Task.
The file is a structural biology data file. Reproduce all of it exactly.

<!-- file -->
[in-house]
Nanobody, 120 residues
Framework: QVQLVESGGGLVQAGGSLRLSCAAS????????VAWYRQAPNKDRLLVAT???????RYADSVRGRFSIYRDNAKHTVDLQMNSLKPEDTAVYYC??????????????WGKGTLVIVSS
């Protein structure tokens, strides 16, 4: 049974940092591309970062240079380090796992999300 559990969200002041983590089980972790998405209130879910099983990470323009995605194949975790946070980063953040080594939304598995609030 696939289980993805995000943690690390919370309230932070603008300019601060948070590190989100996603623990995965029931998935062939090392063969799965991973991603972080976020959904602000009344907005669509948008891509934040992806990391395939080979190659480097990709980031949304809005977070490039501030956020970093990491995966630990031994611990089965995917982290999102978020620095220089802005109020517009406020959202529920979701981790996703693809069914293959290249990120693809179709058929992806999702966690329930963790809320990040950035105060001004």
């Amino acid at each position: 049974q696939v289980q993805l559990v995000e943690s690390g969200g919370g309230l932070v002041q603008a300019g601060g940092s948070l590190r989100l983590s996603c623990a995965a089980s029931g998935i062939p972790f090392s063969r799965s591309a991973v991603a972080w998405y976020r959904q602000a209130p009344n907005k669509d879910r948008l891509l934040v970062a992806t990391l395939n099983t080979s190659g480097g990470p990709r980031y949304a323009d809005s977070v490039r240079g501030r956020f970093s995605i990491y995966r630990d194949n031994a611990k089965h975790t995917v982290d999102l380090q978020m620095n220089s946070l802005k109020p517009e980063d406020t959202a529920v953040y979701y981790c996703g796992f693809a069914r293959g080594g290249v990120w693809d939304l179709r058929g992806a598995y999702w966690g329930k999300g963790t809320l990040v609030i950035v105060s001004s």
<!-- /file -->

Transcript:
[in-house]
Nanobody, 120 residues
Framework: QVQLVESGGGLVQAGGSLRLSCAAS????????VAWYRQAPNKDRLLVAT???????RYADSVRGRFSIYRDNAKHTVDLQMNSLKPEDTAVYYC??????????????WGKGTLVIVSS
């Protein structure tokens, strides 16, 4: 049974940092591309970062240079380090796992999300 559990969200002041983590089980972790998405209130879910099983990470323009995605194949975790946070980063953040080594939304598995609030 696939289980993805995000943690690390919370309230932070603008300019601060948070590190989100996603623990995965029931998935062939090392063969799965991973991603972080976020959904602000009344907005669509948008891509934040992806990391395939080979190659480097990709980031949304809005977070490039501030956020970093990491995966630990031994611990089965995917982290999102978020620095220089802005109020517009406020959202529920979701981790996703693809069914293959290249990120693809179709058929992806999702966690329930963790809320990040950035105060001004």
């Amino acid at each position: 049974q696939v289980q993805l559990v995000e943690s690390g969200g919370g309230l932070v002041q603008a300019g601060g940092s948070l590190r989100l983590s996603c623990a995965a089980s029931g998935i062939p972790f090392s063969r799965s591309a991973v991603a972080w998405y976020r959904q602000a209130p009344n907005k669509d879910r948008l891509l934040v970062a992806t990391l395939n099983t080979s190659g480097g990470p990709r980031y949304a323009d809005s977070v490039r240079g501030r956020f970093s995605i990491y995966r630990d194949n031994a611990k089965h975790t995917v982290d999102l380090q978020m620095n220089s946070l802005k109020p517009e980063d406020t959202a529920v953040y979701y981790c996703g796992f693809a069914r293959g080594g290249v990120w693809d939304l179709r058929g992806a598995y999702w966690g329930k999300g963790t809320l990040v609030i950035v105060s001004s």